To the person who cannot bear the fate of the times like a man, one must say: may he rather return silently, without the usual publicity build-up of renegades, but simply and plainly. The arms of the old churches are opened widely and compassionately for him. After all, they do not make it hard for him. One way or another he has to bring his ‘intellectual sacrifice’—that is inevitable. If he can really do it, we shall not rebuke him. For such an intellectual sacrifice in favor of an unconditional religious devotion is ethically quite a different matter than the evasion of the plain duty of intellectual integrity, which sets in if one lacks the courage to clarify one’s own ultimate standpoint and rather facilitates this duty by feeble relative judgments. In my eyes, such religious return stands higher than the academic prophecy, which does not clearly realize that in the lecture-rooms of the university no other virtue holds but plain intellectual integrity. Integrity, however, compels us to state that for the many who today tarry for new prophets and saviors, the situation is the same as resounds in the beautiful Edomite watchman’s song of the period of exile that has been included among Isaiah’s oracles:

He calleth to me out of Seir, Watchman, what of the night? The watchman said, The morning cometh, and also the night: if ye will enquire, enquire ye: return, come.

The people to whom this was said has enquired and tarried for more than two millennia, and we are shaken when we realize its fate. From this we want to draw the lesson that nothing is gained by yearning and tarrying alone, and we shall act differently. We shall set to work and meet the ‘demands of the day,’ in human relations as well as in our vocation. This, however, is plain and simple, if each finds and obeys the demon who holds the fibers of his very life.

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At National Review Online, Jonathan Adler writes:

Over at the progressive blog, Crooked Timber, Corey Robin lists “Eleven Things You Did Not Know About Clarence Thomas.”  The items Robin lists shouldn’t surprise avid court watchers, or others who have paid much attention to the conservative justice.  Judging from the comments, however, several of the items were quite a revelation to CT’s readership.  I can only imagine the surprise if Robin had blogged on Justice Thomas’s jurisprudence, further challenging the caricature of Clarence Thomas that continues to dominate so much liberal commentary about him.


Actually, a fair number of commenters claimed not to be surprised by these revelations at all.

In any event, you’d think Adler would have been pleased that a group of progressives were having some of their misconceptions about Thomas challenged, if not dispelled. Instead, he complains about the fact that the misconceptions of a group of progressives are getting challenged, if not dispelled. Apparently the only thing worse than the left not knowing something about the right is…the left learning something about the right.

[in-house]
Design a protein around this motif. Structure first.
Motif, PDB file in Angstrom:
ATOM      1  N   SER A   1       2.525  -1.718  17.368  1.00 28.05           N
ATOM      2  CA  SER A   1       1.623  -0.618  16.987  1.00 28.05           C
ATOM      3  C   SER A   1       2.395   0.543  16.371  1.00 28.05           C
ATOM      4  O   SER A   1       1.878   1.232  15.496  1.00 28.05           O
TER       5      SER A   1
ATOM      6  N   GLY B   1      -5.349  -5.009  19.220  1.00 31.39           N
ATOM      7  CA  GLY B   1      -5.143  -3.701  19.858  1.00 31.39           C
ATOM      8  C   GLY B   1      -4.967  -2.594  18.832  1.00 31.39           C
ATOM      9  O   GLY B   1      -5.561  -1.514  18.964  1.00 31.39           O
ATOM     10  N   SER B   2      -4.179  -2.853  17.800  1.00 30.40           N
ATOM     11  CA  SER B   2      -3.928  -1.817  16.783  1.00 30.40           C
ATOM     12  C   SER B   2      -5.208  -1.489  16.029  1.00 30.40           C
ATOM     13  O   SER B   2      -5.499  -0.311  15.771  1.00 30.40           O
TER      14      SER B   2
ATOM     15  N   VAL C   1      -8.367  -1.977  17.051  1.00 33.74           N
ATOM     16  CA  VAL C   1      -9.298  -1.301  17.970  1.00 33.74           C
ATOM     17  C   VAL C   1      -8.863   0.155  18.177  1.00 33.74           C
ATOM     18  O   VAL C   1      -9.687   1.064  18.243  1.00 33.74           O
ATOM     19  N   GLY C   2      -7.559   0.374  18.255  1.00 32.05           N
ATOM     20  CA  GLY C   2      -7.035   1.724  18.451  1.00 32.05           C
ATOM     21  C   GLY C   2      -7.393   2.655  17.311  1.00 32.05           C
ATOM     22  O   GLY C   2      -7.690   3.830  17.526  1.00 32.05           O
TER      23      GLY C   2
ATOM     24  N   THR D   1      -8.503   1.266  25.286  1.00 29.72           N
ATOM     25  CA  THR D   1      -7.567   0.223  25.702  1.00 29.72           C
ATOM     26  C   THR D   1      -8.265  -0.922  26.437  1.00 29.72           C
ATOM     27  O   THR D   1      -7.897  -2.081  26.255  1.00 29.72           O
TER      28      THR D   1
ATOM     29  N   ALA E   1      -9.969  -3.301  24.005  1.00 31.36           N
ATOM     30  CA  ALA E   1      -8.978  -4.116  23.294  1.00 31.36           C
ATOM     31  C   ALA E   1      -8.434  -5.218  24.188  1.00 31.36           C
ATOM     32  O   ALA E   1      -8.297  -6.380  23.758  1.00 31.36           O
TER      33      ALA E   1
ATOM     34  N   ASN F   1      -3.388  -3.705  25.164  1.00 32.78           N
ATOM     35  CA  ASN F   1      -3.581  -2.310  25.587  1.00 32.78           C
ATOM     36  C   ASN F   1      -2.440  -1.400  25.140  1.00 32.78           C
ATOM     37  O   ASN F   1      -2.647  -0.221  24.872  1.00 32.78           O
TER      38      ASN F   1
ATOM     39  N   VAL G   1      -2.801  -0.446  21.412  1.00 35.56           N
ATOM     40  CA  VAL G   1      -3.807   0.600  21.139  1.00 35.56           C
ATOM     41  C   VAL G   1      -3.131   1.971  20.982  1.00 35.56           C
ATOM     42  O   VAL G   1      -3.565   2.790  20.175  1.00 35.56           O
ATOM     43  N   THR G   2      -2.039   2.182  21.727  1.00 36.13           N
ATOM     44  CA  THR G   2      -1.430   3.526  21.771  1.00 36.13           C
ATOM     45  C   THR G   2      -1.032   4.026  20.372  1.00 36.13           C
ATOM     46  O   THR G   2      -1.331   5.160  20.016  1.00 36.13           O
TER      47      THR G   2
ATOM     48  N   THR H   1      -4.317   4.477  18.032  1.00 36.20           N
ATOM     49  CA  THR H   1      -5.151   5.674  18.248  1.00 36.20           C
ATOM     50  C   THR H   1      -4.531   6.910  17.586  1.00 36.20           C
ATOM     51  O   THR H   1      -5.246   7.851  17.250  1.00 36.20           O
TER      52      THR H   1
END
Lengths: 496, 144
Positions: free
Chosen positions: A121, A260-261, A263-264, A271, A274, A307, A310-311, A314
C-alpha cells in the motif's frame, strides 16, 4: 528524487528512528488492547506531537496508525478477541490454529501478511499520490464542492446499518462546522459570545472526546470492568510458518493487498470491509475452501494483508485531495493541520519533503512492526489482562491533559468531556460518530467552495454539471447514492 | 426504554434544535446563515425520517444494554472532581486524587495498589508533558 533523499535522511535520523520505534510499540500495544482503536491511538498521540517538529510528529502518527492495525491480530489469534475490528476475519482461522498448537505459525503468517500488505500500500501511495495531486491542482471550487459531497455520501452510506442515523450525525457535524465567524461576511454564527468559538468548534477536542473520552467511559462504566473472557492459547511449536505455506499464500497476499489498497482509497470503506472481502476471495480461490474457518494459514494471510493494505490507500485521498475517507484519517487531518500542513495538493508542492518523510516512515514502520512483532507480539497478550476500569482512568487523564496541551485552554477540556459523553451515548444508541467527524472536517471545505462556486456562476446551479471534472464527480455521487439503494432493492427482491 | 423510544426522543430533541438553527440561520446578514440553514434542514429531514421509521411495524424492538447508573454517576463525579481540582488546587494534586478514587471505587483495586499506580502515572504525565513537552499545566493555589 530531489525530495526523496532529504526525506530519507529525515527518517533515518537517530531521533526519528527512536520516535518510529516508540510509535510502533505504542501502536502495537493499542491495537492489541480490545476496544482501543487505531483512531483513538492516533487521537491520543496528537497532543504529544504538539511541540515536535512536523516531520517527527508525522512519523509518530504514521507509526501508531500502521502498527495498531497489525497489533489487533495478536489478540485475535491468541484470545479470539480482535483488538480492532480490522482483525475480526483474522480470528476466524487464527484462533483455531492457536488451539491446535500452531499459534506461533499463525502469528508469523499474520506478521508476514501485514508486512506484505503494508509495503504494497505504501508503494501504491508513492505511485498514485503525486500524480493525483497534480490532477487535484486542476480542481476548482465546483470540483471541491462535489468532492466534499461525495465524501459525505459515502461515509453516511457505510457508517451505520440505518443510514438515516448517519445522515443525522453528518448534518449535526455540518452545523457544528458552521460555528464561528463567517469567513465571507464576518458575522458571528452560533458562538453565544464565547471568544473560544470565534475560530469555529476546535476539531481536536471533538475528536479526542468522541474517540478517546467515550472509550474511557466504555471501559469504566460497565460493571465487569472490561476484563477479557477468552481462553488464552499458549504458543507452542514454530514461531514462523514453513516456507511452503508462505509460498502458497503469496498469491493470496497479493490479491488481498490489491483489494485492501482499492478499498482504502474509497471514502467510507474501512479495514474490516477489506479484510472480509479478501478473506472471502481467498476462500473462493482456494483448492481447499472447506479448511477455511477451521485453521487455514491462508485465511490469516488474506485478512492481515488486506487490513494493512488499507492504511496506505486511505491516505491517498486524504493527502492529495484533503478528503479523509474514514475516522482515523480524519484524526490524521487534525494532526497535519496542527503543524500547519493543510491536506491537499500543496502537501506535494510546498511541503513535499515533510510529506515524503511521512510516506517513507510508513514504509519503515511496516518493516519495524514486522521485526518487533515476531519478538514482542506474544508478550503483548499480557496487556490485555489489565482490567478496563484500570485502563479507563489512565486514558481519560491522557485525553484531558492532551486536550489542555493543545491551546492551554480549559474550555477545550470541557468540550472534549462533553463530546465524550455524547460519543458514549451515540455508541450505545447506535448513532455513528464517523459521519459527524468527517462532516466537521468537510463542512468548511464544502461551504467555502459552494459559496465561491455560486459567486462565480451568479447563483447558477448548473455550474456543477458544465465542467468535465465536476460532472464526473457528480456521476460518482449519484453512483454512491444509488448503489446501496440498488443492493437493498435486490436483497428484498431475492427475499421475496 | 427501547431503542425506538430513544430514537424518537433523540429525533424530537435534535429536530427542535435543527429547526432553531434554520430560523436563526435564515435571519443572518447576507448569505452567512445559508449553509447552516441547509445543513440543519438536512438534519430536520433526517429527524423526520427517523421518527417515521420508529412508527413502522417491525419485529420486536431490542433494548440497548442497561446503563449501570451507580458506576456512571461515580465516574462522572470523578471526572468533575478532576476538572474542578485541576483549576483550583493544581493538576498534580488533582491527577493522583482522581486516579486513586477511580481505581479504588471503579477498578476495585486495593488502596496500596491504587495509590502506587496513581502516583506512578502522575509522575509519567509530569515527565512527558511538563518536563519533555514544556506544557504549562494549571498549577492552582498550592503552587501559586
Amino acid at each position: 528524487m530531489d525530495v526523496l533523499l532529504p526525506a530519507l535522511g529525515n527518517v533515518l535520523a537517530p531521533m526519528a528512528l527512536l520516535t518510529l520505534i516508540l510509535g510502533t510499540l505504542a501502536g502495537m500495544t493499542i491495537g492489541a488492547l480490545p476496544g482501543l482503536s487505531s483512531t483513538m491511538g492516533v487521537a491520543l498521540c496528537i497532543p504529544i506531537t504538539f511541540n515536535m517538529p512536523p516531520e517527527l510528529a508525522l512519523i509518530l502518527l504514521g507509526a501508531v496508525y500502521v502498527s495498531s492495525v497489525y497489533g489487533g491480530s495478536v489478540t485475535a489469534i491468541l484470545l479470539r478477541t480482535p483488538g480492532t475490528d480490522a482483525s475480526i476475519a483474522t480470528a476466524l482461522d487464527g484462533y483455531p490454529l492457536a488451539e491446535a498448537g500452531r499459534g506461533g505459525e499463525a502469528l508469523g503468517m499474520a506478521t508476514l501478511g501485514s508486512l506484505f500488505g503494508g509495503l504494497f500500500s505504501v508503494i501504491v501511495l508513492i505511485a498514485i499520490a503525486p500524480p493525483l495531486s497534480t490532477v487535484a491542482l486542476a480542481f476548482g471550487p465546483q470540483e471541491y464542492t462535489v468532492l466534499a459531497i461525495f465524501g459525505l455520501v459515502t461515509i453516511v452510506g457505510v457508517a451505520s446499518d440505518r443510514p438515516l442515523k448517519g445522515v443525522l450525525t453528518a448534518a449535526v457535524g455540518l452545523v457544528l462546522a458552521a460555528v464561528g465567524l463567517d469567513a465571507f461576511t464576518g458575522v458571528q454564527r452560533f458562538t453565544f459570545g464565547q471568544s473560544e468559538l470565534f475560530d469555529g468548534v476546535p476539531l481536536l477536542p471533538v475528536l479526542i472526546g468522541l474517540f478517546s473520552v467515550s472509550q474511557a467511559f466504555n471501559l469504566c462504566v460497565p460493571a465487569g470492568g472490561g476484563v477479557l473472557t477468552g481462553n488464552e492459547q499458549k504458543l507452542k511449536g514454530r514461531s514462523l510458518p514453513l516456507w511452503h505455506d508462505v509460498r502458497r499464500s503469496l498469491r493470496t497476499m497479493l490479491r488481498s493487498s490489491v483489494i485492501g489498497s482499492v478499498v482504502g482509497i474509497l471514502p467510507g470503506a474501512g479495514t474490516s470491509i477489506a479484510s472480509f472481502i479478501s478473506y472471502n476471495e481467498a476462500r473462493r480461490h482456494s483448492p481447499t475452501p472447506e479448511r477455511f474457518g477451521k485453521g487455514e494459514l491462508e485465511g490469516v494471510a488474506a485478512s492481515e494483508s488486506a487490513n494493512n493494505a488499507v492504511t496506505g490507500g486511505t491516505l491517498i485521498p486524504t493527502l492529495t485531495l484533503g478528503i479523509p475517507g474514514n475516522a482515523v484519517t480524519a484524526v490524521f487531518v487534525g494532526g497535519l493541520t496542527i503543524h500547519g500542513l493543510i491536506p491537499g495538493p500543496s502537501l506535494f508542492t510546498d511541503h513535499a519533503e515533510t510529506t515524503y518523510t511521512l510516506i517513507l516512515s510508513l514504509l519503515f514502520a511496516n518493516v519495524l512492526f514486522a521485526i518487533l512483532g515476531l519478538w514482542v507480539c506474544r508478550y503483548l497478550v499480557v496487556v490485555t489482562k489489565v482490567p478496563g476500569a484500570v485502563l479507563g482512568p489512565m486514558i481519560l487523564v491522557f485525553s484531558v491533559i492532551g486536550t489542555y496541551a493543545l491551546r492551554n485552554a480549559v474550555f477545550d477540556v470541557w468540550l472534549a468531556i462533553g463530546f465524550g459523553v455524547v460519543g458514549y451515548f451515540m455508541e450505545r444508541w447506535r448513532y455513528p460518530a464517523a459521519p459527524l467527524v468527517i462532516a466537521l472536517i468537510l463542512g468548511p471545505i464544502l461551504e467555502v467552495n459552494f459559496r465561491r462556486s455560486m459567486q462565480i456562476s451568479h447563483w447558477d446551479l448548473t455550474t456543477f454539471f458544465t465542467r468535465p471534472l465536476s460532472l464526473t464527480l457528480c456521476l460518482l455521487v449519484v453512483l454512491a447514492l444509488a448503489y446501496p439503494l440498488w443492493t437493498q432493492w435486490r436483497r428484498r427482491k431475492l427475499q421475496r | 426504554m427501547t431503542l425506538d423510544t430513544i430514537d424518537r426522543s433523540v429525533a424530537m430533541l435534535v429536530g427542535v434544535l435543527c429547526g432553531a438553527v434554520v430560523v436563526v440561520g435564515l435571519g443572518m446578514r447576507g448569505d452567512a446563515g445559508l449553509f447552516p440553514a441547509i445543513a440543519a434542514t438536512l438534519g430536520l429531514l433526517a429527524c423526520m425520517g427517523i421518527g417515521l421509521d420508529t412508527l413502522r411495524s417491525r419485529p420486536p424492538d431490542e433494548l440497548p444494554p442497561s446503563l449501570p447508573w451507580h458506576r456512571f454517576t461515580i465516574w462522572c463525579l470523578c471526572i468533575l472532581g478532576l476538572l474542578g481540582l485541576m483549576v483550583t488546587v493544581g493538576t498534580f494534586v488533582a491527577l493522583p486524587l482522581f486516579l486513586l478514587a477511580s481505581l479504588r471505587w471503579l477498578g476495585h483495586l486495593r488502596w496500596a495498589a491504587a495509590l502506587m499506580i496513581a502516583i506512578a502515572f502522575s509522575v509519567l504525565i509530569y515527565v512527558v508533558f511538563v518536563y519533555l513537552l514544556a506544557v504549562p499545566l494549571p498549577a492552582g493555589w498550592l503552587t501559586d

Wingers whine when we don’t pay attention to them; they whine when we do pay attention to them. Why do they whine so much? What does the winger want? [click to continue…]

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Monday photoblogging: Lakes

by John Quiggin on April 21, 2014

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Lakes Eacham and Barrine in the Atherton Tablelands, Queensland

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Sunday photoblogging #2: stripes

by Chris Bertram on April 20, 2014

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My Chait thread was a moderate disaster. I was like: ‘by saying X, I think Chait meant Y.’ And you were like: ‘by saying ‘by saying X, Chait meant Z,’ are you saying Q?’ And I was like: what? Z? Q? No: Y!’ And you were like: ‘Y what?’ Anyway, I take almost full responsibility for how that went down wrong. Some of the comments came round but it was, overall, a poor frame for my point. My bad.

Let’s cut all that loose and try again, from quite a different angle. This post is also, sort of, a presentation of arguments I cheekily refused to disclose in this post. On we go!

Conor Friedersdorf’s argument that gay marriage opponents shouldn’t be likened to racist bigots goes something like this.

P1: Racism is pretty simple.

“A belief in the superiority of one race and the inferiority of another.”

P2: Opposition to same-sex marriage is complex.

“One thing I’ve noticed in this debate is how unfamiliar proponents of stigma are with thoughtful orthodox Christians — that is to say, they haven’t interacted with them personally, critiqued the best version of their arguments, or even been exposed to the most sophisticated version of their reasoning, which I find to be obviously earnest, if ultimately unpersuasive.”

C: Comparing same-sex marriage opponents to racist bigots falsifies by over-simplification.

Friedersdorf is braced for resistance to P2. But P2 is ok and the problem is P1. I hope it’s obvious to you, when it’s put so simply. Racism is not … simple. (How could it be?) [click to continue…]

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Southern Gothic

by Belle Waring on April 19, 2014